In our treatment of old age pensioners we are the most backward people in Europe, with the exception of Fascist Spain.4
He insisted here, and elsewhere, that the Conservative scheme was a ‘swindle’ (in the sense that the Labour proposals offered a better return for the contributions), and emphasised that under the ‘national superannuation’ system offered by Labour, the plan was for ‘half-pay’ on retirement. (In other words, a worker earning 10s per week could expect 5s per week on retirement.) In an article written for the Daily Mirror on 30 June 1959, Crossman also appealed directly to the public but, perhaps fatally, did not attempt to conceal the cost implications of the plan:
The truth is that the British nation can afford to abolish poverty in old age – on one condition. We must be prepared to pay the increased contributions necessary to finance the scheme.5
Crossman’s views on social security and social policy can be illuminated by considering his own understanding of socialism should be. Unlike others in the ‘Keep Left’ Group of the post-war period, Crossman did not regard nationalisation (of key industries) as an integral or indispensable policy in the instigation of socialism. ‘Collectivism’ and ‘nationalisation’, he told his audience at the Buscot Park conference ‘are only means to an ends’.6
That end is some form of material benefit for the majority of the population. For most people, he argued, nationalisation only made sense ‘as part of wider planning for full employment’ (in short, for it to work, its benefits must be material).7 In his contribution to the Buscot Park conference Crossman emphasised this point further. The function of a socialist state in the middle decades of the twentieth-century, he asserted, was to maintain an ‘enforced minimum of civilised life’.8 He rejected entirely the idea – which ‘the Communists used to’ believe – of an ‘enforced maximum’.9 His view is that the state should provide a minimum which acts not only as a safety net to catch anyone who falls on hard times, but also as an incentive: ‘We want people to want more than the minimum and to work for it’.10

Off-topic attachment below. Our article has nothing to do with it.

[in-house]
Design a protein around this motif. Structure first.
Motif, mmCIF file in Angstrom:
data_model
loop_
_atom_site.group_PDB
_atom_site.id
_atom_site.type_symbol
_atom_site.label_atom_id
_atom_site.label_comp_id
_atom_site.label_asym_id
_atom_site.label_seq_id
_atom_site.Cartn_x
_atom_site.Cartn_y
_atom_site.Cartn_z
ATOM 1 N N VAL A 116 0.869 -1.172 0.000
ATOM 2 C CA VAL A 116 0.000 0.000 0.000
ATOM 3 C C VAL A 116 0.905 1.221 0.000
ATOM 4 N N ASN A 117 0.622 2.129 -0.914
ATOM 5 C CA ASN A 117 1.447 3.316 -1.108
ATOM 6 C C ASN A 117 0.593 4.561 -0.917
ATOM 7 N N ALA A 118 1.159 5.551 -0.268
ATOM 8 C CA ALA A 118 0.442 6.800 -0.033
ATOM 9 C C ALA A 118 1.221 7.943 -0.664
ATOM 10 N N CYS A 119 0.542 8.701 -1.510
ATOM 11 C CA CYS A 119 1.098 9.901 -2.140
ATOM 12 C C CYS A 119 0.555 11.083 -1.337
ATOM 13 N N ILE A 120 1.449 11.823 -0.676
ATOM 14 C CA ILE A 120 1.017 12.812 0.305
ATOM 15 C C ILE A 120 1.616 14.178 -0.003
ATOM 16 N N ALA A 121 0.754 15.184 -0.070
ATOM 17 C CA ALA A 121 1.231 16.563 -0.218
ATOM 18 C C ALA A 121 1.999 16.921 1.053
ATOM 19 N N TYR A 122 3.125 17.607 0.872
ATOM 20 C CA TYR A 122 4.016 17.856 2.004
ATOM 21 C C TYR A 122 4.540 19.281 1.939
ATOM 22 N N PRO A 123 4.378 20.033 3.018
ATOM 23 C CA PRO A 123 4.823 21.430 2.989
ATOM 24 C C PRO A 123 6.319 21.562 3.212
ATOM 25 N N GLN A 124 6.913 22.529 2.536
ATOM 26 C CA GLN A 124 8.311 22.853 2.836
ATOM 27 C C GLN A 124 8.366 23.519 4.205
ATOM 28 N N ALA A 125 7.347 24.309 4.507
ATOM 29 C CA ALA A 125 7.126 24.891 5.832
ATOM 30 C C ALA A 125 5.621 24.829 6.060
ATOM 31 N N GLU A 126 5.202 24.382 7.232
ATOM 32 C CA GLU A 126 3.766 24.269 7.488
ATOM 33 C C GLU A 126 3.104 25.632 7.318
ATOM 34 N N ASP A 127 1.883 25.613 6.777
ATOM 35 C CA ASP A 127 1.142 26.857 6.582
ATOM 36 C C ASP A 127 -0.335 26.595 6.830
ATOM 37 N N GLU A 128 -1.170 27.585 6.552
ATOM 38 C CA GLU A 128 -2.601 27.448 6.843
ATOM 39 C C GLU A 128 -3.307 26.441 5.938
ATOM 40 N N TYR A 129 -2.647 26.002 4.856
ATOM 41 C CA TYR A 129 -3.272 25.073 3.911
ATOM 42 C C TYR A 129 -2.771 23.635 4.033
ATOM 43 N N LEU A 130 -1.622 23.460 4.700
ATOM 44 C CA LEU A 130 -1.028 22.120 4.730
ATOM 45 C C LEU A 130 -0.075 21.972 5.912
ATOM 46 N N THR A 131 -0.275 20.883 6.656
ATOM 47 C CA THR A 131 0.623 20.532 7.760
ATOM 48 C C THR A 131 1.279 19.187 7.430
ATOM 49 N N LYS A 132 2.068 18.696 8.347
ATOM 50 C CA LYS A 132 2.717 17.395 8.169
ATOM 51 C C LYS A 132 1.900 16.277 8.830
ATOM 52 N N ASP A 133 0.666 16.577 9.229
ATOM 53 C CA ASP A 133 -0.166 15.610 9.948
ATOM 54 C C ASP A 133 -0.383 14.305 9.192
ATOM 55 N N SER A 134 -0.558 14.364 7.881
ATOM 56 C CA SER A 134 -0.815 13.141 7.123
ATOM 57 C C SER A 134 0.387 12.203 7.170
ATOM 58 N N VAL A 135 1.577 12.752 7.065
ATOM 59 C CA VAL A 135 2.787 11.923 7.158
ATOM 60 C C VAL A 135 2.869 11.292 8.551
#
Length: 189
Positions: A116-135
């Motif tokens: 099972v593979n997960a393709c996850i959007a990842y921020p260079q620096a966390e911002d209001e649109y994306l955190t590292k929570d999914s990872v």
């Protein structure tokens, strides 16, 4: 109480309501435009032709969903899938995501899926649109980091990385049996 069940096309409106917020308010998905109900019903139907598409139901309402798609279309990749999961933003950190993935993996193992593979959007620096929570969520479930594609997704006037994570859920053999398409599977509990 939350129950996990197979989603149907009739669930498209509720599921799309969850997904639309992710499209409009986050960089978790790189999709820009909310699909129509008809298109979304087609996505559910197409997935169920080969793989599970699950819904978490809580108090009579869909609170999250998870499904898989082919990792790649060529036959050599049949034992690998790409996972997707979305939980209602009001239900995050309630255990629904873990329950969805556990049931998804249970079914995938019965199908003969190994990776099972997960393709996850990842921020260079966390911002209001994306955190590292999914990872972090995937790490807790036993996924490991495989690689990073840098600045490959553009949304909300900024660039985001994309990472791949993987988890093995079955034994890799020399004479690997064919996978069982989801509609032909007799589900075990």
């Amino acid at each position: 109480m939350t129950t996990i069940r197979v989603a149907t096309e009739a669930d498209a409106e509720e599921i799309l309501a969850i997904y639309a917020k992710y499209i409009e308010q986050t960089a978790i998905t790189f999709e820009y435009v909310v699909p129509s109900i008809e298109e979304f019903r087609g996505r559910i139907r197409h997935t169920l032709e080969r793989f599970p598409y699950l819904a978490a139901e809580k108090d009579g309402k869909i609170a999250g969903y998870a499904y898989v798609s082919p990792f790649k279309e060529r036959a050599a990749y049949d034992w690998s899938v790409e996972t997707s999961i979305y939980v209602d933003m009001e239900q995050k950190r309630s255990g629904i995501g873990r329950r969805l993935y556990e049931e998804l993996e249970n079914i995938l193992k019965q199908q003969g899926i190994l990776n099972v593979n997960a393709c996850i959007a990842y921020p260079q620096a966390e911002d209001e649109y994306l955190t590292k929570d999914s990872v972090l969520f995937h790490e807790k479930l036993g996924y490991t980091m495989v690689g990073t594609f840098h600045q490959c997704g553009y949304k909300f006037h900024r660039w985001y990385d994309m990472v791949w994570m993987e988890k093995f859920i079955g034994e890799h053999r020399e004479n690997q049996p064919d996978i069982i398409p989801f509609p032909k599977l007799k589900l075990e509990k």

Crossman was more than aware of the principal limit to this approach: that it was virtually impossible to obtain any satisfactory agreement on what should constitute the ‘enforced minimum’ and to what standard it should be produced.11 How far, in short, is it possible to maintain the distinction between an incentive and a reward? This way of thinking is evident in Crossman’s plan for national superannuation. It is a plan for ‘value-for-money’ superannuation (as Crossman himself admitted),12 but it is not strictly ‘redistributive’ in any classical Marxian definition of the term (although Crossman did argue that ‘redistribution’ was a prerequisite quality in any state pension scheme).13
The material element to Crossman’s thinking seems unusual for a man who began his life in philosophy and devoted a substantial amount of his time to worrying that British socialism lacked a defining, theoretical basis. Crossman would perhaps retort that the material was important, since only through material improvement and advancement could poverty be alleviated. Indeed, in no other aspect of policy does that ‘materiality’ appear more striking than during Crossman’s time as Secretary of State for Health and Social Security (1968-1970).